A 15-year study of young people in Finland found that education level, nonrational thinking, cognitive potential, and cognitive performance were not associated with social intolerance — i.e., intolerance toward different attitudes, lifestyles, cultures, or values of others. On the other hand, higher social intolerance was associated with low flexibility, high perseverance and low persistence. The study was published in Brain and Behavior.
Social intolerance predisposes people to adopt prejudices, negative evaluations or emotional responses towards individuals with different political, religious, sexual or ethnic backgrounds. Prejudices are, in turn, associated with tendencies to discriminate against members of outgroups.
Researchers have proposed various psychological factors as potentially predisposing a person to social intolerance. These factors include the ideologies of parents in childhood, threat perceptions, proneness to anxiety, religious beliefs and personality traits like agreeableness and openness to experience, as well as certain aspects of moral development. Some studies on twins even suggested that genetic factors might play a substantial role in developing social intolerance.
Another factor often seen to be associated with intolerance is lower education. “There is evidence that low educational level, low cognitive abilities, and certain cognitive styles may act as susceptibility factors for development of social intolerance and prejudices,” study authors explain, but note that this evidence has substantial limitations.
This inspired them to conduct a study of their own that used a longitudinal approach to overcome the limitations. The aim of the study was to “investigate the relationship of educational level, cognitive test performance, polygenic cognitive potential, and cognitive styles with social intolerance in adulthood.” They used data from the Young Finns study.
Participants of the study were people born between 1962 and 1977 and they completed first assessments in 1980 when they were between 3-18 years old. The latest assessments were collected in 2012, when participants were 35-50 years old. The total number of participants was 3596 and all were ethnic Finns.
Participants completed assessments of social intolerance in 1997, 2001 and 2012, cognitive styles in 1997, which included distractibility, flexibility, persistence, perseverance, and mystical thinking, cognitive performance in 2011, and socioeconomic factors of participant’s parents in 1980 as well as their own in 2011. Researchers also made assessments of participants’ cognitive potential based on the available genetic data.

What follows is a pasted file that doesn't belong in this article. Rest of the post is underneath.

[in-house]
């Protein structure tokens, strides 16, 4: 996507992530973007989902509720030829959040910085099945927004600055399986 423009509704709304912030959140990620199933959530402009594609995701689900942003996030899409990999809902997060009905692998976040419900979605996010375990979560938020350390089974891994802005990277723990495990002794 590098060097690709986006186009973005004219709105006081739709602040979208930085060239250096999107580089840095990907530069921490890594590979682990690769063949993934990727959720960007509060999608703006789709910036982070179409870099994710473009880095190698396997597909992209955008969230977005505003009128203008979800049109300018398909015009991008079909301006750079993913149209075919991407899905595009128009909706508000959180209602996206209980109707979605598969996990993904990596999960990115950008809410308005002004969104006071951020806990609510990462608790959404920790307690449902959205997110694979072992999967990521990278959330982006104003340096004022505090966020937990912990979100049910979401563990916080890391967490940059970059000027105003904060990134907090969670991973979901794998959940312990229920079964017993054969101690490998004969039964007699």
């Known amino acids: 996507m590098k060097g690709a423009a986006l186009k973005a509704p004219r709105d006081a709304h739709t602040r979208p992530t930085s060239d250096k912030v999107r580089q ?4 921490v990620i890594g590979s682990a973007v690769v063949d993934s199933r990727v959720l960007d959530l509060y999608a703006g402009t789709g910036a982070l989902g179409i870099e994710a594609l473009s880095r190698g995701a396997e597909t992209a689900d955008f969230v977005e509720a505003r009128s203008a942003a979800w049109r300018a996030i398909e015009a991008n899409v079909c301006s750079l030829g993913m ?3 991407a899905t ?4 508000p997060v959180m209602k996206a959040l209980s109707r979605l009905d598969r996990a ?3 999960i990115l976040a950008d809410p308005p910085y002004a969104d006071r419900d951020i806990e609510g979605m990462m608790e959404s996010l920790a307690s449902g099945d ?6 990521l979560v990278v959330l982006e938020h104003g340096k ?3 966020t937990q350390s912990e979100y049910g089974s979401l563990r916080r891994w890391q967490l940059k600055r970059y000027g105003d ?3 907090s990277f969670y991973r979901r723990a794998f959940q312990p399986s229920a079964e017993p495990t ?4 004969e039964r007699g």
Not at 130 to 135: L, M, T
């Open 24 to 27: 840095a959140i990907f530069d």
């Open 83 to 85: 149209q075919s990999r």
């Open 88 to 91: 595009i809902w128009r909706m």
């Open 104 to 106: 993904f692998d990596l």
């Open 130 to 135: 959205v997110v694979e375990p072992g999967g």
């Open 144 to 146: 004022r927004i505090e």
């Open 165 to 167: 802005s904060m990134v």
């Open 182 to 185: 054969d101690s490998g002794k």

Results showed that neither family income level in childhood nor education level of participants or their parents in childhood were associated with social intolerance. On the other hand, participants with high levels of income in adulthood did have a very slightly lower average intolerance level. Results did not show any association between cognitive potential or performance on cognitive tests and social intolerance.
“Regarding practical implications, our study suggests that merely raising educational level or providing cognitive training may not be the most effective ways to reduce social intolerance iWestern countries such as Finland,” the study authors wrote.
Social intolerance was found to be associated with cognitive styles. People who were more intolerant tended to be more distractible and more perseverant, but less persistent and flexible. When the analysis was repeated with controlling for all other factors included in the study, results showed that people who were more intolerant tended to show lower persistence, lower flexibility and higher perseverance.
Persistence is the disposition to continue working toward the goals despite temporary frustration or challenges (e.g., “I usually continue working until I have completed the task”). Flexibility is the ability to adapt one’s behavior to unexpected changes of the situation or circumstances (e.g., “Changes in my plans make me nervous”; “I resist changes in my daily program”). Perseverance is the disposition to repeat a behavior despite changed circumstances, even when that behavior is not appropriate for the new situation and the inability to rethink previous decisions and change behavior accordingly.
“Our findings tentatively suggest that targeting certain cognitive styles (i.e., how an individual processes acquired knowledge) would more effectively diminish social intolerance, if supposing that there might be some causal relationships between cognitive styles and social intolerance,” the researchers said.
The study gives an important contribution to the study of psychological underpinnings of social intolerance. However, the study design does not allow for any cause-and-effect conclusions about the relationships between factors. Additionally, all the participants were ethnic Finns and results on other cultures might be different.
The paper, “Does social intolerance vary according to cognitive styles, genetic cognitive capacity, or education?”, was authored by Aino Saarinen, Liisa Keltikangas-Järvinen, Henrik Dobewall, C. Robert Cloninger, Ari Ahola-Olli, Terho Lehtimäki, Nina Hutri-Kähönen, Olli Raitakari, Suvi Rovio, and Niklas Ravaja.